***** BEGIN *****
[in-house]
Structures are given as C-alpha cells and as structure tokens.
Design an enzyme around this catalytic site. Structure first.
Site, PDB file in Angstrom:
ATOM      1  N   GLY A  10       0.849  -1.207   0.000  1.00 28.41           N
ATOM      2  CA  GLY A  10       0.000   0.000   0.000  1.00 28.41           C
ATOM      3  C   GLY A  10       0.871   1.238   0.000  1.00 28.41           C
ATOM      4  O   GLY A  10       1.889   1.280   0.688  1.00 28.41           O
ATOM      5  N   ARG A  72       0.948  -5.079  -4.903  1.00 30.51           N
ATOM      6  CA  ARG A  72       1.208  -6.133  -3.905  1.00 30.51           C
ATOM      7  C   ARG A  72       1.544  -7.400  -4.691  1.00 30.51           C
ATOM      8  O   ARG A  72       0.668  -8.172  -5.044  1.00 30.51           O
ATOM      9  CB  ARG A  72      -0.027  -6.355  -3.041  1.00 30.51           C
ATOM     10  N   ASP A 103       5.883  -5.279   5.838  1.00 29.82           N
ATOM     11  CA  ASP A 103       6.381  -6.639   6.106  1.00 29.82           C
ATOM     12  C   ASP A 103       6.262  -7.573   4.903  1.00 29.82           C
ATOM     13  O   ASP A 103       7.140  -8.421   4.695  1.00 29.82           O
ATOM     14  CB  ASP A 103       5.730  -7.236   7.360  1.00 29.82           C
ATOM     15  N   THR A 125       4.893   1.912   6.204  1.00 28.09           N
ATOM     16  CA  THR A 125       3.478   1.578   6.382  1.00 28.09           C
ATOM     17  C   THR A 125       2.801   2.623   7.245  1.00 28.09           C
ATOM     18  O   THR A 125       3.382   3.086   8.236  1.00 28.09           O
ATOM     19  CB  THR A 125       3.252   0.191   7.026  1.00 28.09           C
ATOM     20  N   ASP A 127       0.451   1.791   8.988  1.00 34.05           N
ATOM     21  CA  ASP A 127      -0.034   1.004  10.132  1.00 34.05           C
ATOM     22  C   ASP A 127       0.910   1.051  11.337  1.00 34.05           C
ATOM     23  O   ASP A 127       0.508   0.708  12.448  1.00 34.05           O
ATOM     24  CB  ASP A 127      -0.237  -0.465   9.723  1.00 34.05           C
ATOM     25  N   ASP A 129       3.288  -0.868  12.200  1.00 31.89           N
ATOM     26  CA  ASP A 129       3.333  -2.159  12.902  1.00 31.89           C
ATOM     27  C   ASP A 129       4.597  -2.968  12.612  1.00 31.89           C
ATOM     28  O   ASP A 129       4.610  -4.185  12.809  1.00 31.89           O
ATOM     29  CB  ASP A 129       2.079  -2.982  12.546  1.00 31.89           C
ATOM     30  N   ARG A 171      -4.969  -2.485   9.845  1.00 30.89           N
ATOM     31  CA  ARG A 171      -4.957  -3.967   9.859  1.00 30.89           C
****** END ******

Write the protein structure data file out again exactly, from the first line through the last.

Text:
[in-house]
Structures are given as C-alpha cells and as structure tokens.
Design an enzyme around this catalytic site. Structure first.
Site, PDB file in Angstrom:
ATOM      1  N   GLY A  10       0.849  -1.207   0.000  1.00 28.41           N
ATOM      2  CA  GLY A  10       0.000   0.000   0.000  1.00 28.41           C
ATOM      3  C   GLY A  10       0.871   1.238   0.000  1.00 28.41           C
ATOM      4  O   GLY A  10       1.889   1.280   0.688  1.00 28.41           O
ATOM      5  N   ARG A  72       0.948  -5.079  -4.903  1.00 30.51           N
ATOM      6  CA  ARG A  72       1.208  -6.133  -3.905  1.00 30.51           C
ATOM      7  C   ARG A  72       1.544  -7.400  -4.691  1.00 30.51           C
ATOM      8  O   ARG A  72       0.668  -8.172  -5.044  1.00 30.51           O
ATOM      9  CB  ARG A  72      -0.027  -6.355  -3.041  1.00 30.51           C
ATOM     10  N   ASP A 103       5.883  -5.279   5.838  1.00 29.82           N
ATOM     11  CA  ASP A 103       6.381  -6.639   6.106  1.00 29.82           C
ATOM     12  C   ASP A 103       6.262  -7.573   4.903  1.00 29.82           C
ATOM     13  O   ASP A 103       7.140  -8.421   4.695  1.00 29.82           O
ATOM     14  CB  ASP A 103       5.730  -7.236   7.360  1.00 29.82           C
ATOM     15  N   THR A 125       4.893   1.912   6.204  1.00 28.09           N
ATOM     16  CA  THR A 125       3.478   1.578   6.382  1.00 28.09           C
ATOM     17  C   THR A 125       2.801   2.623   7.245  1.00 28.09           C
ATOM     18  O   THR A 125       3.382   3.086   8.236  1.00 28.09           O
ATOM     19  CB  THR A 125       3.252   0.191   7.026  1.00 28.09           C
ATOM     20  N   ASP A 127       0.451   1.791   8.988  1.00 34.05           N
ATOM     21  CA  ASP A 127      -0.034   1.004  10.132  1.00 34.05           C
ATOM     22  C   ASP A 127       0.910   1.051  11.337  1.00 34.05           C
ATOM     23  O   ASP A 127       0.508   0.708  12.448  1.00 34.05           O
ATOM     24  CB  ASP A 127      -0.237  -0.465   9.723  1.00 34.05           C
ATOM     25  N   ASP A 129       3.288  -0.868  12.200  1.00 31.89           N
ATOM     26  CA  ASP A 129       3.333  -2.159  12.902  1.00 31.89           C
ATOM     27  C   ASP A 129       4.597  -2.968  12.612  1.00 31.89           C
ATOM     28  O   ASP A 129       4.610  -4.185  12.809  1.00 31.89           O
ATOM     29  CB  ASP A 129       2.079  -2.982  12.546  1.00 31.89           C
ATOM     30  N   ARG A 171      -4.969  -2.485   9.845  1.00 30.89           N
ATOM     31  CA  ARG A 171      -4.957  -3.967   9.859  1.00 30.89           C